The older generation might still remember the time when Integrated marketing communications (IMC) came into play in the 80s. At that time, the whole marketing environment was undergoing profound changes with the advent of the Internet. New communications technologies, media proliferation, audience fragmentation, globalization of markets and the widespread use of databases heralded inexorably the end of old methods and practices by making them less effective or even irrelevant.
The rise of digital and interactive media blazed a trail for new approaches to ‘marcom’ that became well-known as integrated marketing communications. The new movement required a holistic planning process, a focus on integrating messages across a variety of communications disciplines, and creative executions when dealing with media, timing and stakeholders, which is still keeping marketing communications managers on their toes today.
In a nutshell, there are three noteworthy IMC planning approaches:
1. The “inside-out” approach, the traditional planning approach to marketing communications, begins with planning "inside" the organization by identifying the goals and objectives - which are often based on what has always been done. Communications’ task then becomes a process of "selling" the organization's message to the "outside" or external stakeholders.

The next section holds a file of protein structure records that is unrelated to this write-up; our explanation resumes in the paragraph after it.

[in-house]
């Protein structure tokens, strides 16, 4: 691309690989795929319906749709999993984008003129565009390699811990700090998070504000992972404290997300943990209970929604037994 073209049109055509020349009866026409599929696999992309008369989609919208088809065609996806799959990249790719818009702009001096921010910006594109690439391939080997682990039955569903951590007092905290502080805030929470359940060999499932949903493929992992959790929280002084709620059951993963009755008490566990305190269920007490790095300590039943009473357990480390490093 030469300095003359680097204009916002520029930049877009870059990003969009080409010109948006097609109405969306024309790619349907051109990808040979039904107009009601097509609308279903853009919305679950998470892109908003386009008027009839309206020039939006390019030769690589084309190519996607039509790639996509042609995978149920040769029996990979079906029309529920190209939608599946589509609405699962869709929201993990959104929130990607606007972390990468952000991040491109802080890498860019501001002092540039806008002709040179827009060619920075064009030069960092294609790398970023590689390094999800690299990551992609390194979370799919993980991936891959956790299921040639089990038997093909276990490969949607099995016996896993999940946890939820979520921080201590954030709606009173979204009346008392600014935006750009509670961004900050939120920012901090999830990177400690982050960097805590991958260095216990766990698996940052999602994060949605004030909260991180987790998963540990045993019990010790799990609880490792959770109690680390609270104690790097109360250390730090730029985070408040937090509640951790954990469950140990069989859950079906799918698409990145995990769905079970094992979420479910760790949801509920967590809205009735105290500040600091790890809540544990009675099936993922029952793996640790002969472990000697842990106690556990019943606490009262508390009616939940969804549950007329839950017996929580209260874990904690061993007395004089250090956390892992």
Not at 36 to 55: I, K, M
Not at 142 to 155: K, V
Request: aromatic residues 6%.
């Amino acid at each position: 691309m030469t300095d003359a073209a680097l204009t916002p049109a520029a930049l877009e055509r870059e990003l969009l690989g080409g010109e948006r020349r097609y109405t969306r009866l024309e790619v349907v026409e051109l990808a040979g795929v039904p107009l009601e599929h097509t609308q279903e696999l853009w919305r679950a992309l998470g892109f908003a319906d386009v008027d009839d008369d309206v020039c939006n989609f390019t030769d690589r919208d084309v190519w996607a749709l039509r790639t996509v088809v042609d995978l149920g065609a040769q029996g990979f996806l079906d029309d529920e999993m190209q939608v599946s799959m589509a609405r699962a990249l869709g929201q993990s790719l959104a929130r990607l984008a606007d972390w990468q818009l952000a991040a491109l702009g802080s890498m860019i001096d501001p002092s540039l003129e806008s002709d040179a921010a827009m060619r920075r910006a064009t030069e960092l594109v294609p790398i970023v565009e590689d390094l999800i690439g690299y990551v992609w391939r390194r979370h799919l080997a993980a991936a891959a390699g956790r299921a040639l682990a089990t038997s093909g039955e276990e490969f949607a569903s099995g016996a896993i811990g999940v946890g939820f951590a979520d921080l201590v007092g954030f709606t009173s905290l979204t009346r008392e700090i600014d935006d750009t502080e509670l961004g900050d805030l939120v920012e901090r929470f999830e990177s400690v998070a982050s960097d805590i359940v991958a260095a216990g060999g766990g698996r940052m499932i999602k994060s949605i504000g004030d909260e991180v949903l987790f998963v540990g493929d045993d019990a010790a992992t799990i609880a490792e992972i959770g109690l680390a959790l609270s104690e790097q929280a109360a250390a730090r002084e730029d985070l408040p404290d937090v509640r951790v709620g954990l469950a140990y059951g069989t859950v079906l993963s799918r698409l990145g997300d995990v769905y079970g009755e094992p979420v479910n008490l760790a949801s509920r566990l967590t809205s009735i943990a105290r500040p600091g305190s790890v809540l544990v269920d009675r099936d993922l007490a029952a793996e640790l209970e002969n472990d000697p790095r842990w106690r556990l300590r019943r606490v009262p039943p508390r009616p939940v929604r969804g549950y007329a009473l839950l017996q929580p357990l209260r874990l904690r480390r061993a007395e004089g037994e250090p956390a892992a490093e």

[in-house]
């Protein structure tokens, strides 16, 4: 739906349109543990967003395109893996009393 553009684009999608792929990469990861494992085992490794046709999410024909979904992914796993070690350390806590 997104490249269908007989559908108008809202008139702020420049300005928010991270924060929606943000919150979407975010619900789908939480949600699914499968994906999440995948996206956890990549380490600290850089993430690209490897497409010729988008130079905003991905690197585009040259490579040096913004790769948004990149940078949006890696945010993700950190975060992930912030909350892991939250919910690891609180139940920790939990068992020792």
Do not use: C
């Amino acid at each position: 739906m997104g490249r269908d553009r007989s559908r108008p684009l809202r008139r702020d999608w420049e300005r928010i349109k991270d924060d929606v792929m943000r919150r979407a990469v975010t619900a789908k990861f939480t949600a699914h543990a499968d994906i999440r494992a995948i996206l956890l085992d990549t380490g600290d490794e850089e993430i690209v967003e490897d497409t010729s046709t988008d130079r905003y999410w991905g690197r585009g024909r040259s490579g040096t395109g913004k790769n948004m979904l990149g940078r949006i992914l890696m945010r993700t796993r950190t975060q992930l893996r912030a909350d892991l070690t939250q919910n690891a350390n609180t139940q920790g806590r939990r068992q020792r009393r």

2. The ‘outside–in’ approach seeks to understand the needs and wants of the consumer. It offers a unique way to planning, as it operates backwards by concentrating on customers first, then determining the most effective course of marketing and communication methods to implement.
3. The ‘cross-functional planning’ approach, finally, clearly diverges from the other two categories, since it doesn’t center around the concept of marketing promotional elements. Instead, its focus has shifted toward restructuring the organization to increase a customer-centric environment. Recognizing that messages do not just come from the marketing department but can come from virtually any department within the organization and of course the costumers themselves. Such interactive communication is beneficial for a cross-functional approach as the business and consumers are both involved in brand communication.
Naturally, IMC must adapt constantly to the changing nature of the marketing dynamics.